At A New Store Called Workshop, Wood Furniture Is Made From Abandoned Homes
The small store that opens in the Fisher Building Friday will offer benches and tables made of wood.
Not that unusual.
It’s recycled wood. That’s hardly groundbreaking, either.
But it’s wood that was once part of a Detroit house.
In fact, the store owners know precisely which house – out of literally hundreds of thousands of homes that once existed in Detroit – 14151 Bramell, near Eliza Howell Park on the far West Side.
Now we’re talking distinctive.
The store is called, simply, Workshop, and it’s the brainchild of James Willer and Kevin Borsay, two Detroit architects who have branched out into other pursuits over the years.
“It’s beautiful wood,” Willer said. “Solid. Douglas Fir. Nice pink color, a rose hue. You can’t get wood like this now.”
Building materials such as windows and stonework from Detroit’s mass market of empty buildings have long been available, both from underground sources and legitimate outlets, though even above-ground retailers sometimes acquire merchandise that has been harvested illegally.
In one notable case, dozens of terra cotta lion heads were stripped from the Lee Plaza apartments on W. Grand Boulevard, and some wound up on a new condo project on the North Side of Chicago.
Workshop’s niche is taking the primary material, wood – much of it grown in Michigan – and turning it into furniture that has undergone a rigorous milling process.
The wood comes from Reclaim Detroit, an organization that methodically “deconstructs” abandoned homes -- legally -- and reuses the materials as wisely as possible. The usual denouement of a Detroit home is demolition, with the refuse trucked to a landfill.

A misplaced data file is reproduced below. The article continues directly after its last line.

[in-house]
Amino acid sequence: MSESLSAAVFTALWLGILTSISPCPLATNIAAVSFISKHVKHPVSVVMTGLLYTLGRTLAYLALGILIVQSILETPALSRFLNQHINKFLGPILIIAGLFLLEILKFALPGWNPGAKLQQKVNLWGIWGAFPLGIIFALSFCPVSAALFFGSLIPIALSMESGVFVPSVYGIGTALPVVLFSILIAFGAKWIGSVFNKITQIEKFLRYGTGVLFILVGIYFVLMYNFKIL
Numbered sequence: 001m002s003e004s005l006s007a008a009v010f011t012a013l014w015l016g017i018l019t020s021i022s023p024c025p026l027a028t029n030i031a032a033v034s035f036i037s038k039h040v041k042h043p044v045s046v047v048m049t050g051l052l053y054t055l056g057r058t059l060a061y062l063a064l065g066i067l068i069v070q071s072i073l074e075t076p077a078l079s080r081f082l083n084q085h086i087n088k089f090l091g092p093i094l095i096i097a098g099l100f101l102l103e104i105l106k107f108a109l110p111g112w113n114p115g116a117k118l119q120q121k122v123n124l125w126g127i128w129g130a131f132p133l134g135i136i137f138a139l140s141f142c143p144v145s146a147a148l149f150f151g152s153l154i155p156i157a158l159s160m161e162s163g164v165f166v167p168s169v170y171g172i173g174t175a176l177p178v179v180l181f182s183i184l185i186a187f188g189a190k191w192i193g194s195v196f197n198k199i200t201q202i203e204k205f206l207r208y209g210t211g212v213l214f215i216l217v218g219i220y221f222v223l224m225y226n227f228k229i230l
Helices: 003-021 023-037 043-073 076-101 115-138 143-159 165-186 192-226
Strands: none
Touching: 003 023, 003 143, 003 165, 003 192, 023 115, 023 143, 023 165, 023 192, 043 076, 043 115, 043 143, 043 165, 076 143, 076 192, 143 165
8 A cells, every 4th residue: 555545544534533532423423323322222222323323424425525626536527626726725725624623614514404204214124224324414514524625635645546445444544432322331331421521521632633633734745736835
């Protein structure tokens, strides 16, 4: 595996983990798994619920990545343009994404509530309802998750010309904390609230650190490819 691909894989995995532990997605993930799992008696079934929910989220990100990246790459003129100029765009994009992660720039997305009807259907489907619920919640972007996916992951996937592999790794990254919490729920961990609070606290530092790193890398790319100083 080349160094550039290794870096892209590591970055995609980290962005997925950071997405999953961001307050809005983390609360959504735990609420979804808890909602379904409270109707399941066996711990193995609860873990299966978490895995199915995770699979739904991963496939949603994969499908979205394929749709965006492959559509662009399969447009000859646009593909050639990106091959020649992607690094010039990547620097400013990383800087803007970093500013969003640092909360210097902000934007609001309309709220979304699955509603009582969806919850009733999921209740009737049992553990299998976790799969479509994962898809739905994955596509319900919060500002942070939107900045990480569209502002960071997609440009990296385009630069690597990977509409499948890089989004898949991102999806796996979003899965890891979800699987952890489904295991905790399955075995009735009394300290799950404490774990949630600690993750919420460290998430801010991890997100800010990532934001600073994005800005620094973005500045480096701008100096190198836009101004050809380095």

Deconstructing a home and salvaging the materials protects the environment and provides jobs, said Willer, who co- founded Reclaim Detroit last year.
But he acknowledged the heritage angle – reusing white pine and Douglas fir grown in Michigan forests then hewn, milled and crafted by our ancestors – is the main attraction for consumers.
“I can talk about saving the planet until I’m blue in the face, but what people like is having a piece of our history inside their house. It’s a huge selling point,” Willer said.
Willer, 39, grew up in Farmington Hills with sawdust in his veins. His father, grandfather and great grandfather were carpenters, and he has worked with wood his entire life. He also studied fine arts, architecture and urban design at Albion College and Lawrence Tech University.
The idea for Workshop came when he joined forces with Borsay to use reclaimed wood while redoing the interior of Stella Good Coffee, left, the Fisher Building coffee shop that is part of the network of cafes and Pure Detroit apparel and artifact stores owned by Borsay and his wife, Shawn Santo.
The reclaimed white pine inside Stella Good Coffee came from a nearly 100-year-old home on Cadillac Boulevard, near Waterworks Park, on Detroit’s East Side.
The house on Brammell was a 1940s-era ranch, Willer said. It was made available when the owners, who also own the house next door, decided to tear it down and paid Reclaim Detroit $6,500 to deconstruct it.
Willer said Reclaim Detroit deconstructs homes in Detroit and Highland Park, only with permission, that are owned by private individuals or Wayne County, which assume ownership of properties due to tax foreclosure.
At the Friday opening, Workshop’s benches will be priced between $400 and $800, and the dining tables will be $1,200 to $1,400.
Workshop’s space is on the Second Avenue side of the magnificent Fisher Building, between Stella Good Coffee and a Pure Detroit outlet.
There’s a showroom on the first floor, and, on the mezzanine above, a production area.
“It’s a throwback to old-world retailing,” said Willer. “We do it all in house.”
Workshop, whose hours will be 10 a.m. to 6 p.m., also will carry an exclusive line of products from the Detroit Wallpaper Co.
Workshop’s opening Friday comes just in time for Small Business Saturday, the national effort to patronize local retailers Nov. 30. Workshop is one of a couple of dozen Detroit outlets that are taking part in a companion campaign, the Detroit Small Business Passport, in which shoppers will receive complimentary items or discounts for buying locally.